OK - I can already guess what you are thinking; basil in a sorbet? Well, don't feel conservative, I felt the same a few days ago. We hosted a huge dinner tonight - 45 guests having 6 courses each. One of those courses was a palate cleansing sorbet between the entrée and main course. The chef I work with wanted a basil sorbet and I was a little nonplussed at his suggestion, I mean really - basil sorbet?

Hit the web if you feel like it and do a search for basil sorbet - I was surprised at the amount of hits I got. The problem was that none of the recipes were any good. Time was running short and I needed a recipe bad - so I went to work on my day off and spent hours mucking with the ice cream machine. This is what I got.

This basil sorbet is sublime - the herby flavour mingles delightfully with the sweet taste of sorbet, and the lime brings the whole into balance. Once served, the sorbet has an amazing sheen to the surface, due to the delicate balance of sugar, water and acid.

Any prejudices I had against basil sorbet have now disappeared. In fact, I have found it is fun to let people try and guess the flavour. Unless you let them know it is basil, most can't even guess. The 45 portions we sent out tonight, single scoop in martini glasses, scented the whole dining room. It was magic.

Here is how I did it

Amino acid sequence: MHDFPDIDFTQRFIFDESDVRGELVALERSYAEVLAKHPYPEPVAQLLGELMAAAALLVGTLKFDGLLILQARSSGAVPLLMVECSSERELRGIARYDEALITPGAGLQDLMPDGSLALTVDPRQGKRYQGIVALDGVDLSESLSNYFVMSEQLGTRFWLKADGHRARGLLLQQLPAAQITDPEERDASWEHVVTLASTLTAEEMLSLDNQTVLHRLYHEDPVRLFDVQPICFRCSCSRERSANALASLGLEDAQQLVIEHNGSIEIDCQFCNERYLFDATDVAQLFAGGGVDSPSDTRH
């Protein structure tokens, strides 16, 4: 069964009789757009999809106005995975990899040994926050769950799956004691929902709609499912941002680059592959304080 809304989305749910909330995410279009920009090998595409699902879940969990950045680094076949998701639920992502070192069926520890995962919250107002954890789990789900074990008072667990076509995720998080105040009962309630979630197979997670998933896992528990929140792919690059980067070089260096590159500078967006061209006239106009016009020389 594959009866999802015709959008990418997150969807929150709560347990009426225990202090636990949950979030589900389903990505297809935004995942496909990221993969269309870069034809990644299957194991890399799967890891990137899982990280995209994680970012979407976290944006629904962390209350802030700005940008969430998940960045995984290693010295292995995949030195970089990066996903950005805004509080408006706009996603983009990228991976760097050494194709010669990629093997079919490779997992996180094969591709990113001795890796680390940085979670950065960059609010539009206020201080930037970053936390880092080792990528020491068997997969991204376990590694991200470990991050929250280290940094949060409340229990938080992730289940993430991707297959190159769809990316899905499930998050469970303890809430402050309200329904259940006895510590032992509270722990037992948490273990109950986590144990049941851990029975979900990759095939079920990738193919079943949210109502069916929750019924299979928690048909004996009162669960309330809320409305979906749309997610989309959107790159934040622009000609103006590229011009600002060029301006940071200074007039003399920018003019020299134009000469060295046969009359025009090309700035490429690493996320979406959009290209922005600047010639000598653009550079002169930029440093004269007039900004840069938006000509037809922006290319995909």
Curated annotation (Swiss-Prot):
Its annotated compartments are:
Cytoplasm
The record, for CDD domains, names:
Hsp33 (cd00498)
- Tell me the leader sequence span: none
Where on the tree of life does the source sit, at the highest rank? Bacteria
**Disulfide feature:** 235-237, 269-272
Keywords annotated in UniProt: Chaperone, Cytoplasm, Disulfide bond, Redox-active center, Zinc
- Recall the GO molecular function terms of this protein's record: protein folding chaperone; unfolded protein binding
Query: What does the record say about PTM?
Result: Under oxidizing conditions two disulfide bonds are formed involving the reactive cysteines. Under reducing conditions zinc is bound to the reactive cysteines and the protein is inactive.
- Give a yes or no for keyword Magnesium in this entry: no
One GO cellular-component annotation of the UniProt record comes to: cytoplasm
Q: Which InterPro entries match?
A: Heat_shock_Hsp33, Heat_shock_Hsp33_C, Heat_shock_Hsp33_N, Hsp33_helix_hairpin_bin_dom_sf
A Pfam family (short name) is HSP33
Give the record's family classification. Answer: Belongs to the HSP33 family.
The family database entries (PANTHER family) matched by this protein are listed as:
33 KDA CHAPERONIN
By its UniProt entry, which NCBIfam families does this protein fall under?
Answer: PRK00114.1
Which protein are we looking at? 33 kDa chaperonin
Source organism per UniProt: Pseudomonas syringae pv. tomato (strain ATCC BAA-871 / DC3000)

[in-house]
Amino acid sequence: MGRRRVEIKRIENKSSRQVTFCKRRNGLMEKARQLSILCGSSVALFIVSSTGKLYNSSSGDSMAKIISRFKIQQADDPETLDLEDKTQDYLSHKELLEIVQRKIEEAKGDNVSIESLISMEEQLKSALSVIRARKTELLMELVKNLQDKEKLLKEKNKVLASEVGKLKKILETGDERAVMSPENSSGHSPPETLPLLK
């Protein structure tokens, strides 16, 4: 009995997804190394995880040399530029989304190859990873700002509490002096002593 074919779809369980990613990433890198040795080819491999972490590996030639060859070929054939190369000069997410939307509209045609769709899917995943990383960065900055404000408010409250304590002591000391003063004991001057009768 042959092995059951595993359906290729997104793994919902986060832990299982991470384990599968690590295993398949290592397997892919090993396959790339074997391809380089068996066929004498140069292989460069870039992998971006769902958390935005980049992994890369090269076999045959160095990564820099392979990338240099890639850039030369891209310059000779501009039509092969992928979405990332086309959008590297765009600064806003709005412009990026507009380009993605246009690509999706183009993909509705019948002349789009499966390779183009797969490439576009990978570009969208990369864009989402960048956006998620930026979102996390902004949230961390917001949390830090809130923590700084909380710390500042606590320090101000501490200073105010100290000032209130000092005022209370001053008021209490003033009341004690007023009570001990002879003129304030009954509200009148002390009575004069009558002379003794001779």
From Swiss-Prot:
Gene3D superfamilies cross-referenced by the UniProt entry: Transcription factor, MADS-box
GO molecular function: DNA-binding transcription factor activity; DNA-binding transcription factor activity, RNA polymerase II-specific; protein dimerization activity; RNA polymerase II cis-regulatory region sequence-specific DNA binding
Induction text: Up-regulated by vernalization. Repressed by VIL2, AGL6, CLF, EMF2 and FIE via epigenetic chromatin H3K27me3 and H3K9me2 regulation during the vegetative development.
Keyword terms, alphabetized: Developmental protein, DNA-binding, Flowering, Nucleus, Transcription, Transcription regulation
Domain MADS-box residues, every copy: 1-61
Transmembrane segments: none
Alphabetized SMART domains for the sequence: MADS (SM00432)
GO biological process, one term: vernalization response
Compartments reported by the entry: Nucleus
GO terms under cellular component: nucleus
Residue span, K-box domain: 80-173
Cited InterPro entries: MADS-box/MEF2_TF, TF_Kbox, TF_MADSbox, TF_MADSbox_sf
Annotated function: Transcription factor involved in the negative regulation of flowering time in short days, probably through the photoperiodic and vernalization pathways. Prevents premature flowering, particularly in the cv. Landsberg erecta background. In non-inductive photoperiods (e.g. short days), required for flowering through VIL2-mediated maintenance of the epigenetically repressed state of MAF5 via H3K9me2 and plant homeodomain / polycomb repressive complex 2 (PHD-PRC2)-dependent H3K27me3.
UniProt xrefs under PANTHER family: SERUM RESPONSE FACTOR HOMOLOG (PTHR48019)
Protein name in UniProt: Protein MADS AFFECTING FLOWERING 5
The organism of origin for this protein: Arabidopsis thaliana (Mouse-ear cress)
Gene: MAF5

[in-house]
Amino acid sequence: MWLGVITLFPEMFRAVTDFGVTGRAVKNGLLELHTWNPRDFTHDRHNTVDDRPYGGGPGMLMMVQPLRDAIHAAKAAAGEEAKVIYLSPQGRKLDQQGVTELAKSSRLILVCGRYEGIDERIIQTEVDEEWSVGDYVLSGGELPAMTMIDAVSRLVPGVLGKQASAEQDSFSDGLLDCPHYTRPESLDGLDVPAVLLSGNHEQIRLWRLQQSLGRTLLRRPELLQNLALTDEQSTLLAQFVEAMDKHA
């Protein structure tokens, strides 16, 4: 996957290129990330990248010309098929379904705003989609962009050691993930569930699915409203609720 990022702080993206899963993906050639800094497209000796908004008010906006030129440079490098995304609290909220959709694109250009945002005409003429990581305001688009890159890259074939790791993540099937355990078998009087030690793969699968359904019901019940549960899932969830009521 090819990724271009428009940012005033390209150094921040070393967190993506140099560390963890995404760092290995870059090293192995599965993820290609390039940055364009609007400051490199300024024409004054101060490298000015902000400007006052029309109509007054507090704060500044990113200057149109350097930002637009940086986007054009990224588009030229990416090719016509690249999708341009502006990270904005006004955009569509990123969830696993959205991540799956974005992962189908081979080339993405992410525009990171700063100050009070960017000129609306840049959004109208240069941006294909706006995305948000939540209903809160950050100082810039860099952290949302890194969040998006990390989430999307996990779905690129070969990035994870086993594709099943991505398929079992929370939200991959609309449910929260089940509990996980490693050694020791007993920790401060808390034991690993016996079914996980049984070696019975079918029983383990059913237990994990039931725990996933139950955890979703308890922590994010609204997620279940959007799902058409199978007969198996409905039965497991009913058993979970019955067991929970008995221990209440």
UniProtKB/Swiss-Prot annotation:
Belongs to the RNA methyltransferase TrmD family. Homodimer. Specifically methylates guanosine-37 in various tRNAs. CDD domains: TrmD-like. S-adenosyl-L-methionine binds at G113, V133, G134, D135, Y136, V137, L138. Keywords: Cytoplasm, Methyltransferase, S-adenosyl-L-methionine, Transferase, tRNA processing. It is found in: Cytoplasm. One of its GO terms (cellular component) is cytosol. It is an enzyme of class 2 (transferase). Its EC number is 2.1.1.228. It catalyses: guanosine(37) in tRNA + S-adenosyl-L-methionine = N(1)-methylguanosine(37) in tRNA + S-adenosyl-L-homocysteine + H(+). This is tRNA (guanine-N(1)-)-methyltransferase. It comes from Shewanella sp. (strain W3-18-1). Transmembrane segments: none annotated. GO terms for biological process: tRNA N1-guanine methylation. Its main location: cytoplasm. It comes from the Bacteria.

• 400 ml sugar
  • 500 ml water
  • 1 bunch basil
  • 1 lime
  • Method

    Place the sugar and water into a small saucepan and set over a medium heat. Stir until the sugar has dissolved, then stop stirring and simmer for 3 minutes.

    Remove the syrup from the heat and allow to cool. Pick the leaves from the bunch of basil and wash well. If you have a salad spinner, dry them, if not just place the leaves on a kitchen towel and pat dry.

    Place the cooled syrup and basil leaves into a cocktail blender and pulse until the basil is completely pureed. Juice the lime and add to the basil mixture. Place into your ice cream machine and churn until just set. Remove the sorbet to the freezer and allow to set for at least 3 hours.

  • This quantity makes about 600 ml or 1 pint – roughly enough for 6 serves. If you need more, just double the quantities for all the ingredients exactly.
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